1. Create (or update) an inventory of your home and personal property. Use a video camera to make a record of your valuable possessions for insurance (and/or estate) purposes, and then store the video in a secure, remote location (like a bank safe deposit box).
  2. Create (or review) your financial disaster plan.

June - Mid-year financial check up…

  1. Perform a mid-year review of your finances to be sure you're on track.
  2. Planning a June wedding? Don't forget to update your financial plan accordingly.


  1. Free Credit Report; get a free annual copy of your credit report from Equifax:
  2. Keep learning-add at least one good book on personal finance or investing and a publication such as Forbes, Wall Street Journal, or Financial Times to your summer reading list. 

August - Review your vacation and holiday budget and plan for tax-deductible educational savings.

  1. Compare what you actually spent on vacation to the amount you projected in your annual cash flow plan. Start thinking about your holiday budget.
  2. As the kids or grand kids get ready for school, think about establishing or contributing to a Coverdell Education Savings Account and/or 529 College Savings Plan on their behalf.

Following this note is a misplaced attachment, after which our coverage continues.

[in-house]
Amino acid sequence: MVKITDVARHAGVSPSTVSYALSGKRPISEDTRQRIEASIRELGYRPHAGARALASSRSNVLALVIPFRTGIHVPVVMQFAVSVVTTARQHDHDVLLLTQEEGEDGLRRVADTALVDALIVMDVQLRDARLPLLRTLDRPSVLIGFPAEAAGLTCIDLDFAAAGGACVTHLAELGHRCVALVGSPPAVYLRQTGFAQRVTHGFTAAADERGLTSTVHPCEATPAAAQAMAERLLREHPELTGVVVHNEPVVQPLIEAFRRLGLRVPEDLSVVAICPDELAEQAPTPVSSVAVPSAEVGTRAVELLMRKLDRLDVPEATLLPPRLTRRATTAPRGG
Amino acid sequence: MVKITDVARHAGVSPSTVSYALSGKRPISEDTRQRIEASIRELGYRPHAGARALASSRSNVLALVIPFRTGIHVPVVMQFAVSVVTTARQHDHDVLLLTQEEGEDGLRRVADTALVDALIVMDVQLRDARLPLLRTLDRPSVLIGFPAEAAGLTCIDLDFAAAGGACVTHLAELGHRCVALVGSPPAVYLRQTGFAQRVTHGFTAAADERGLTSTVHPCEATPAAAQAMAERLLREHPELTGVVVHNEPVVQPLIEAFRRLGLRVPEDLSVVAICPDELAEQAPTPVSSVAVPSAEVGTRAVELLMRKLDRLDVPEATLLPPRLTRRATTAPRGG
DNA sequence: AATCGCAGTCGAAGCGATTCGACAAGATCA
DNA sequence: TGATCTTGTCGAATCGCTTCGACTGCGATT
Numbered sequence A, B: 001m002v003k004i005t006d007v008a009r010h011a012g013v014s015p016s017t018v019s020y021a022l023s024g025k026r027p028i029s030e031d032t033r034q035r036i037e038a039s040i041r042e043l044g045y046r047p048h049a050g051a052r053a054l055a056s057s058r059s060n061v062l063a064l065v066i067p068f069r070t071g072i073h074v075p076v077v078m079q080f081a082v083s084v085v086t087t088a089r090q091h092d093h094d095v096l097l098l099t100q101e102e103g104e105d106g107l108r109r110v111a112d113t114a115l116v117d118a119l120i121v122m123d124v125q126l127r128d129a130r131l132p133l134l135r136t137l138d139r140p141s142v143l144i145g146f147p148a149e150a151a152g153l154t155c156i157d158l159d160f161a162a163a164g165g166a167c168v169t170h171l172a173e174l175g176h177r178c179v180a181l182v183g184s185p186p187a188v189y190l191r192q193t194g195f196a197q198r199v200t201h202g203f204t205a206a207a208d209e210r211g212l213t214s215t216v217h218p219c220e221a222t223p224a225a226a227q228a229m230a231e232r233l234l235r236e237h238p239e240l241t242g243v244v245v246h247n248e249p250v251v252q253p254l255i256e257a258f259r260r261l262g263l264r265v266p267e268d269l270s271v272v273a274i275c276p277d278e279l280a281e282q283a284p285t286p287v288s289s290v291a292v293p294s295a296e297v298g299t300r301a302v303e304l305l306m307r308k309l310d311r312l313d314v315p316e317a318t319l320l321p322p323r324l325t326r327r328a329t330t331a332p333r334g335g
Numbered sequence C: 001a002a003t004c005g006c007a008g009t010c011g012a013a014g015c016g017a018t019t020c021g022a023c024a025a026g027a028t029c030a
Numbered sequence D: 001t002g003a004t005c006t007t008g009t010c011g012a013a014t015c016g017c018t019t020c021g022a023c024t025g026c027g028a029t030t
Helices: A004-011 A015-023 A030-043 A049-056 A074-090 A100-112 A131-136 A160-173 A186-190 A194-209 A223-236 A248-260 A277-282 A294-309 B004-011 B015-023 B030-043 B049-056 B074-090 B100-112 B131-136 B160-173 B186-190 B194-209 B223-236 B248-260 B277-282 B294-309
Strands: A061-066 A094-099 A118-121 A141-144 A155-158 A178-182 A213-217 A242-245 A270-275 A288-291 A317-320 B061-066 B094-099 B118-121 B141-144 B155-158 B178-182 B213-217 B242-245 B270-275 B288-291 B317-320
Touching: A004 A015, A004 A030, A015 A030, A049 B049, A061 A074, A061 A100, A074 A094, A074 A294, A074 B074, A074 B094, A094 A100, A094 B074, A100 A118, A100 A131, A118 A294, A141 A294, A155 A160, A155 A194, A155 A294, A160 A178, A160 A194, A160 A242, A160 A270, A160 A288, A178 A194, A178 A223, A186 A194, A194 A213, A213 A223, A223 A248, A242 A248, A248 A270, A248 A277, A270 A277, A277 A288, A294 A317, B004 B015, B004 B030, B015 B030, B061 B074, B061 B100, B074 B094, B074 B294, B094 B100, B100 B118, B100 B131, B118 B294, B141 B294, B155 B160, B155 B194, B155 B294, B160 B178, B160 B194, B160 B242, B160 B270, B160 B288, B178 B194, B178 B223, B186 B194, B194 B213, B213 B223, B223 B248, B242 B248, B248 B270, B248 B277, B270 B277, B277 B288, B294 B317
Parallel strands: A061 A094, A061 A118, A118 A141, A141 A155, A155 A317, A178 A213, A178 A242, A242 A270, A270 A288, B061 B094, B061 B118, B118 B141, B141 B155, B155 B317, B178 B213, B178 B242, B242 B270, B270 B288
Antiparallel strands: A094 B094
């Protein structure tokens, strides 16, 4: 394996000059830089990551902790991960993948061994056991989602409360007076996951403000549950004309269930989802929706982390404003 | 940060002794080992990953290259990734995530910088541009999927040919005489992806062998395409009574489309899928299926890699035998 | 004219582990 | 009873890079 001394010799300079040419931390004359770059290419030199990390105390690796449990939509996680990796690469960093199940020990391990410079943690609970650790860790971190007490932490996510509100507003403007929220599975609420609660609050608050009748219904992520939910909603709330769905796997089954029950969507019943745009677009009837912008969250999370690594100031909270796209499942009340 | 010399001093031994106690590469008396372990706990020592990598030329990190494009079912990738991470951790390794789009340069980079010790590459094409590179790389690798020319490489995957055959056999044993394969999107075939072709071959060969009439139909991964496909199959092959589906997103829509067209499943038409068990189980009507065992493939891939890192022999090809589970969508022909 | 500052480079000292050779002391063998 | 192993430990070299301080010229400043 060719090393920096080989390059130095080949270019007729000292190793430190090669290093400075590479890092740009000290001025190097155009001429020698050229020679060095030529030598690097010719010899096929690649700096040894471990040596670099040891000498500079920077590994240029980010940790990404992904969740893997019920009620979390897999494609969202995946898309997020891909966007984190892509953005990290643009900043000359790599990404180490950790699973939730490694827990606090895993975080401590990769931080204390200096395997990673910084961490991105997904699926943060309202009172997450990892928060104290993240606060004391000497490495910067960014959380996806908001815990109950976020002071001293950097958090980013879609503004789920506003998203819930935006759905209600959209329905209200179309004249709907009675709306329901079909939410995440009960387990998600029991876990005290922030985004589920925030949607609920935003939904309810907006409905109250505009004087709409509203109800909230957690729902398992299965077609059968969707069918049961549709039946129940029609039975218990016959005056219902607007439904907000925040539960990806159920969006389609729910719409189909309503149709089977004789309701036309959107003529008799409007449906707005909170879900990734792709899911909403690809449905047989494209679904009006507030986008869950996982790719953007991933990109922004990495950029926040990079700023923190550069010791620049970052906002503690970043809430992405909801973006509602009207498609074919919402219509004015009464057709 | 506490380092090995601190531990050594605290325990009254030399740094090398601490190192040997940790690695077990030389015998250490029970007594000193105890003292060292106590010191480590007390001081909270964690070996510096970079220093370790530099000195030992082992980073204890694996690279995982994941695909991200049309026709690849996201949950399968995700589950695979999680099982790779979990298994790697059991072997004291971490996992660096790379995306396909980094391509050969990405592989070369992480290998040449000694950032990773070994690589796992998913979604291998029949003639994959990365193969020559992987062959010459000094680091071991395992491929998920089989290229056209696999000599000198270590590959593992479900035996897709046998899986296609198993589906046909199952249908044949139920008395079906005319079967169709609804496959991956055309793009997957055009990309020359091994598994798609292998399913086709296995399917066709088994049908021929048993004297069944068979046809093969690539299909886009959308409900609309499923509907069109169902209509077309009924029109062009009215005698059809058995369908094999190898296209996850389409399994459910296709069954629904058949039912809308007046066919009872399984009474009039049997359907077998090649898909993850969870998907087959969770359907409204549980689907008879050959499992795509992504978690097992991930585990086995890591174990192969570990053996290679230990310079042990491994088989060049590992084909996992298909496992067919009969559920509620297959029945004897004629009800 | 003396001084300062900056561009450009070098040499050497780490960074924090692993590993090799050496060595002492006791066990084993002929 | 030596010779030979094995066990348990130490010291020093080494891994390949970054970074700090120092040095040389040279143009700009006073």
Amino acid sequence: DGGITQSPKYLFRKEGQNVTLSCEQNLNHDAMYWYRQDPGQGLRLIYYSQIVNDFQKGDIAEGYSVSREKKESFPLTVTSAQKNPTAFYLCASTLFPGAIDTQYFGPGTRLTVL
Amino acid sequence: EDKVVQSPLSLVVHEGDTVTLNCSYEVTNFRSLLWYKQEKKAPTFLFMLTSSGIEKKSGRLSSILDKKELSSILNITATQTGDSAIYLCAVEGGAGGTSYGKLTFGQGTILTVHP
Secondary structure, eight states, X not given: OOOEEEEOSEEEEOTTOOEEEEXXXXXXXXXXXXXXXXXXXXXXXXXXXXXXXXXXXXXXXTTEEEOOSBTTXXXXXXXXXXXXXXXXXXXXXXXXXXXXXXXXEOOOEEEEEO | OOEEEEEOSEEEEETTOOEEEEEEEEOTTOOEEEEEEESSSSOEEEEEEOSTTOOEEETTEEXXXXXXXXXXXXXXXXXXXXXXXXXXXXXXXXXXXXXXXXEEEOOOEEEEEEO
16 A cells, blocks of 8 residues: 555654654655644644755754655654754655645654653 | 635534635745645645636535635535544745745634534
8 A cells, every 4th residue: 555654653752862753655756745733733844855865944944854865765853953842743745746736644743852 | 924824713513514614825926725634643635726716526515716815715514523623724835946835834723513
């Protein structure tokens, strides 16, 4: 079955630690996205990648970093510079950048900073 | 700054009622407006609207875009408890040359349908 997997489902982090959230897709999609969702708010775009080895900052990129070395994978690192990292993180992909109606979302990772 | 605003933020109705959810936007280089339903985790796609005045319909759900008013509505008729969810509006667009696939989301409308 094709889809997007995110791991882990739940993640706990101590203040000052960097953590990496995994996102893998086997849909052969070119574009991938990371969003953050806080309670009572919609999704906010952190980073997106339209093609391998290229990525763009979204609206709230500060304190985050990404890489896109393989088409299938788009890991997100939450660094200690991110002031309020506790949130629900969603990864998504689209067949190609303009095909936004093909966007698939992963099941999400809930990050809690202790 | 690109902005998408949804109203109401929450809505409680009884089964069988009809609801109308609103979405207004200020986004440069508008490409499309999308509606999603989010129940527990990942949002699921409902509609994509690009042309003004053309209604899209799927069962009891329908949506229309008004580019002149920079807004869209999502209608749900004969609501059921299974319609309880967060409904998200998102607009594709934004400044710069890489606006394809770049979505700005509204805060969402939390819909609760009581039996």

September - Estate Plan and Small Business IRA.

  1. Review your estate plan.
  2. If you want to establish a SIMPLE IRA this year for your small business, the account must be opened by October 1 (this date may change visit or our website for updates).

October - Tax projections, open enrollment season, and more

  1. File your income tax return by October 15 if you requested a six-month extension back in April.
  2. Run a projection of your current-year income tax liability to get a head start on your year-end tax planning.
  3. As open enrollment season rolls around at work, take the time to review your health insurance coverage and other employer benefits.

November - Free credit report, holidays, and charitable giving…

  1. Get a free annual copy of your credit report from TransUnion:
  2. Don't charge more for holiday gifts than you can comfortably pay for in full when the January credit card statements come around.
  3. Take time to give thanks for another year of financial success. Review your charitable giving plans and consider making tax-deductible gifts to charity or to a donor advised fund account before the end of the year.

December - Portfolio review for tax-deductible losses…

  1. Check your portfolio again for loss-harvesting candidates, as you rebalance back to your strategic, long-term asset allocation.
  2. If you want to establish an Individual 401(k) or other QRP (qualified retirement plan) this year for your small business, the account must be opened by December 31.
  3. If applicable, don't forget to take the annual required minimum distribution from your IRA by December 31.
  4. Request your annual Social Security benefit statement from Compare your earnings record against your old tax return info for accuracy.